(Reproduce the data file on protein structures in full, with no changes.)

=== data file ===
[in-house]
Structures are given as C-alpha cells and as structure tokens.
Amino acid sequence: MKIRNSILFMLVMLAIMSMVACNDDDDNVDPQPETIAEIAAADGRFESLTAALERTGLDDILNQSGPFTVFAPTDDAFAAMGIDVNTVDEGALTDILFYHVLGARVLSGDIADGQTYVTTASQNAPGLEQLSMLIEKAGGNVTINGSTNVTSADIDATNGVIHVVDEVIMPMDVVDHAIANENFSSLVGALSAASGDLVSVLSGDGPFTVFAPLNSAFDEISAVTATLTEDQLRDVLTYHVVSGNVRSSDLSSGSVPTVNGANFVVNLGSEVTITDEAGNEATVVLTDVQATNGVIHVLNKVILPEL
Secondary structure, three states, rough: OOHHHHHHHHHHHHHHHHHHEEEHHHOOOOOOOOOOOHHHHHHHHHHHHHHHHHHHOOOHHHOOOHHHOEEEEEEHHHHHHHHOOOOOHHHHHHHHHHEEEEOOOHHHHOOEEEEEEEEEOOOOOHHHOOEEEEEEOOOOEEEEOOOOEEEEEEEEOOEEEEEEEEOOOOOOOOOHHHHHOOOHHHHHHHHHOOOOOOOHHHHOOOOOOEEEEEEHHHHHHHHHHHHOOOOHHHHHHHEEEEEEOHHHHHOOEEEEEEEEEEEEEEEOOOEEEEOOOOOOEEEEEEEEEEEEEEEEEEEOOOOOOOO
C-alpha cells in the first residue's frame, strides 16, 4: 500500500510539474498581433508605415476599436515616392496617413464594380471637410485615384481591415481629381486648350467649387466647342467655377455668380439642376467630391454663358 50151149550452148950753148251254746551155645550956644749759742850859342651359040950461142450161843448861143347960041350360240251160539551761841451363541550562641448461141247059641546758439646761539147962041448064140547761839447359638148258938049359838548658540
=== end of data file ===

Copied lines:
[in-house]
Structures are given as C-alpha cells and as structure tokens.
Amino acid sequence: MKIRNSILFMLVMLAIMSMVACNDDDDNVDPQPETIAEIAAADGRFESLTAALERTGLDDILNQSGPFTVFAPTDDAFAAMGIDVNTVDEGALTDILFYHVLGARVLSGDIADGQTYVTTASQNAPGLEQLSMLIEKAGGNVTINGSTNVTSADIDATNGVIHVVDEVIMPMDVVDHAIANENFSSLVGALSAASGDLVSVLSGDGPFTVFAPLNSAFDEISAVTATLTEDQLRDVLTYHVVSGNVRSSDLSSGSVPTVNGANFVVNLGSEVTITDEAGNEATVVLTDVQATNGVIHVLNKVILPEL
Secondary structure, three states, rough: OOHHHHHHHHHHHHHHHHHHEEEHHHOOOOOOOOOOOHHHHHHHHHHHHHHHHHHHOOOHHHOOOHHHOEEEEEEHHHHHHHHOOOOOHHHHHHHHHHEEEEOOOHHHHOOEEEEEEEEEOOOOOHHHOOEEEEEEOOOOEEEEOOOOEEEEEEEEOOEEEEEEEEOOOOOOOOOHHHHHOOOHHHHHHHHHOOOOOOOHHHHOOOOOOEEEEEEHHHHHHHHHHHHOOOOHHHHHHHEEEEEEOHHHHHOOEEEEEEEEEEEEEEEOOOEEEEOOOOOOEEEEEEEEEEEEEEEEEEEOOOOOOOO
C-alpha cells in the first residue's frame, strides 16, 4: 500500500510539474498581433508605415476599436515616392496617413464594380471637410485615384481591415481629381486648350467649387466647342467655377455668380439642376467630391454663358 50151149550452148950753148251254746551155645550956644749759742850859342651359040950461142450161843448861143347960041350360240251160539551761841451363541550562641448461141247059641546758439646761539147962041448064140547761839447359638148258938049359838548658540